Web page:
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If The Dead Rise Not (Bernard Gunther, #6)
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If The Dead Rise Not (Bernie Gunther #6)

4.06  ·  Rating Details  ·  2,620 Ratings  ·  230 Reviews
An instant classic in the Bernie Gunther series, with storytelling that is fresher and more vivid than ever.

Berlin, 1934: The Nazis have secured the 1936 Olympiad for the city but are facing foreign resistance. Hitler and Avery Brundage, the head of the U.S. Olympic Committee, have connived to soft-pedal Nazi anti- Semitism and convince America to participate. Bernie Gunt

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Hardcover, 320 pages
Published September 3rd 2009 by Quercus
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The Book Thief by Markus ZusakAgainst The Tide by John F. HanleyThe Last Boat by John F. HanleyThe Guernsey Literary and Potato Peel Pie Society by Mary Ann ShafferThe Winds of War by Herman Wouk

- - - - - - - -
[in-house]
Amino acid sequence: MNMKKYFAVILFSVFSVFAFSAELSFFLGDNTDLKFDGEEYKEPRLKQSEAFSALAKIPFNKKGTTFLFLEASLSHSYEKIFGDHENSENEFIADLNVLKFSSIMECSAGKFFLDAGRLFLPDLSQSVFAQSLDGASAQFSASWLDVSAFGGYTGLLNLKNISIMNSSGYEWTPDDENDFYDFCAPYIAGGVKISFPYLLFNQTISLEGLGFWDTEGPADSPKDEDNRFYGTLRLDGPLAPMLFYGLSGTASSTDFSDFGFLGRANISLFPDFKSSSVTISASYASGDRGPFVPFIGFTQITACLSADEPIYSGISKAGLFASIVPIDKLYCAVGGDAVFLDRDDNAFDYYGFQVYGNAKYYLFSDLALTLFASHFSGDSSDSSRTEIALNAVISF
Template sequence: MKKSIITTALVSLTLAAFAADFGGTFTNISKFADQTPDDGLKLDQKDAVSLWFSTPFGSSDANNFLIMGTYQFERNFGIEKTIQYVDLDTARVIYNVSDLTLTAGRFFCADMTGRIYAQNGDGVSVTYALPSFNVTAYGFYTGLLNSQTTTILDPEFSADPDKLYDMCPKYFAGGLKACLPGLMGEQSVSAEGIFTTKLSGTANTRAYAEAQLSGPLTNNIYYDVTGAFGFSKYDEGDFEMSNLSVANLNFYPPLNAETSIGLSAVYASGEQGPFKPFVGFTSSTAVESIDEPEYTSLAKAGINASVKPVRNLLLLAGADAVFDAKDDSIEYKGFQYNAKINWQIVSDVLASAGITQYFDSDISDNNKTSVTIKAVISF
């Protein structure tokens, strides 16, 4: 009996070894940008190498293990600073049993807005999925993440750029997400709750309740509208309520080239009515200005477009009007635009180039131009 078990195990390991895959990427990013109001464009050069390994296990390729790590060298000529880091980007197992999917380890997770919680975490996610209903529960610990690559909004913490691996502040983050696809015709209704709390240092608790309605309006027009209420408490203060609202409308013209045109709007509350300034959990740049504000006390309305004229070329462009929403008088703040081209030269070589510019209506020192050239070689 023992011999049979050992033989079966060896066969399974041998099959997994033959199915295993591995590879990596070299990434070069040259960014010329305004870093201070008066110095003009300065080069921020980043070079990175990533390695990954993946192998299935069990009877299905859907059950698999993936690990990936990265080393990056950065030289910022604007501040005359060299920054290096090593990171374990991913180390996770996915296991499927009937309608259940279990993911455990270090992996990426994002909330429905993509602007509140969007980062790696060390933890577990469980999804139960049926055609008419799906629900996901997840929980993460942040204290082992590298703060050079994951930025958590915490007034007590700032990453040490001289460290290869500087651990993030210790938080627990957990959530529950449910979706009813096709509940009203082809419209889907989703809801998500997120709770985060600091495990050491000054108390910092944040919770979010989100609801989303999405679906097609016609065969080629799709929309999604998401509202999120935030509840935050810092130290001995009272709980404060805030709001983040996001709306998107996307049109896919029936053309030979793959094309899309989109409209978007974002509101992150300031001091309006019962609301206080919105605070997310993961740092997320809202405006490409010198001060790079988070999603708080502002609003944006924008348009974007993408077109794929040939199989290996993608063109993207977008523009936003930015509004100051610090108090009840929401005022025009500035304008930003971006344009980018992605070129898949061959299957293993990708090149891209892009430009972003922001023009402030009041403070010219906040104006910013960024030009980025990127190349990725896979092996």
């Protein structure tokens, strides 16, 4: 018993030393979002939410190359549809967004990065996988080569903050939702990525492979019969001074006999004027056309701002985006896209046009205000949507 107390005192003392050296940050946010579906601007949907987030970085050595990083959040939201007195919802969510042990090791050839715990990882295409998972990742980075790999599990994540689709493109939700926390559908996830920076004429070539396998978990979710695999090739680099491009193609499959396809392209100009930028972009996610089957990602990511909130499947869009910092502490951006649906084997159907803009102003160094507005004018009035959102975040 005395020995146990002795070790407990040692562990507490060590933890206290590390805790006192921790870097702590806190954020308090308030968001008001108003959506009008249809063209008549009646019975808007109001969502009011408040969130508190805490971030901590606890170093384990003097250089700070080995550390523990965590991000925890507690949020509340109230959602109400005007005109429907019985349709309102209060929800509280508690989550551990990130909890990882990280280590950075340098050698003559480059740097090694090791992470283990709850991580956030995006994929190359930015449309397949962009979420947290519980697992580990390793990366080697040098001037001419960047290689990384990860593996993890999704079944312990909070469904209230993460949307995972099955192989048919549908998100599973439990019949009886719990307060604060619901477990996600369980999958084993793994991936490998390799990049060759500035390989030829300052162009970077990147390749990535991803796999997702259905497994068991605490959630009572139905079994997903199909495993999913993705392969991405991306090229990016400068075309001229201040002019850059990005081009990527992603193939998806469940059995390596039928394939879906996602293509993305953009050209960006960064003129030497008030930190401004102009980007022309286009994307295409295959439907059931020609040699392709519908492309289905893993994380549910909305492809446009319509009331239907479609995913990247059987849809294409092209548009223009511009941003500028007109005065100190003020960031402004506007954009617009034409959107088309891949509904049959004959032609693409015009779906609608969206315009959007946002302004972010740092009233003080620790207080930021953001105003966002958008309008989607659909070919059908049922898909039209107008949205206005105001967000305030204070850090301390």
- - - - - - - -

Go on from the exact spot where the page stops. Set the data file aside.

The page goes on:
Best 1940s Historical Fiction
42nd out of 203 books — 308 voters
Zoo Station by David DowningThe Good German by Joseph KanonThe Spy Who Came In from the Cold by John le CarréGarden of Beasts by Jeffery DeaverBerlin Noir by Philip Kerr
Berlin in Fiction
18th out of 100 books — 29 voters


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Community Reviews

(showing 1-30 of 3,000)
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Nick
Mar 29, 2010 Nick rated it really liked it
Shelves: mysteries, espionage
After six Bernie Gunther mysteries, I've moved him into the realm of detectives I know and love and would follow anywhere, guys like Donna Leon's Commisario Brunetti or Mankell's Wallender. Gunther is funnier (or rather Kerr's narration is funnier), even while dealing with serious issues like the backwash of Nazism over the 20th Century landscape, the moral ambiguity of survival, the impossibility of love across the decades, and the persistence of evil. This episode is both a prequel and a seque ...more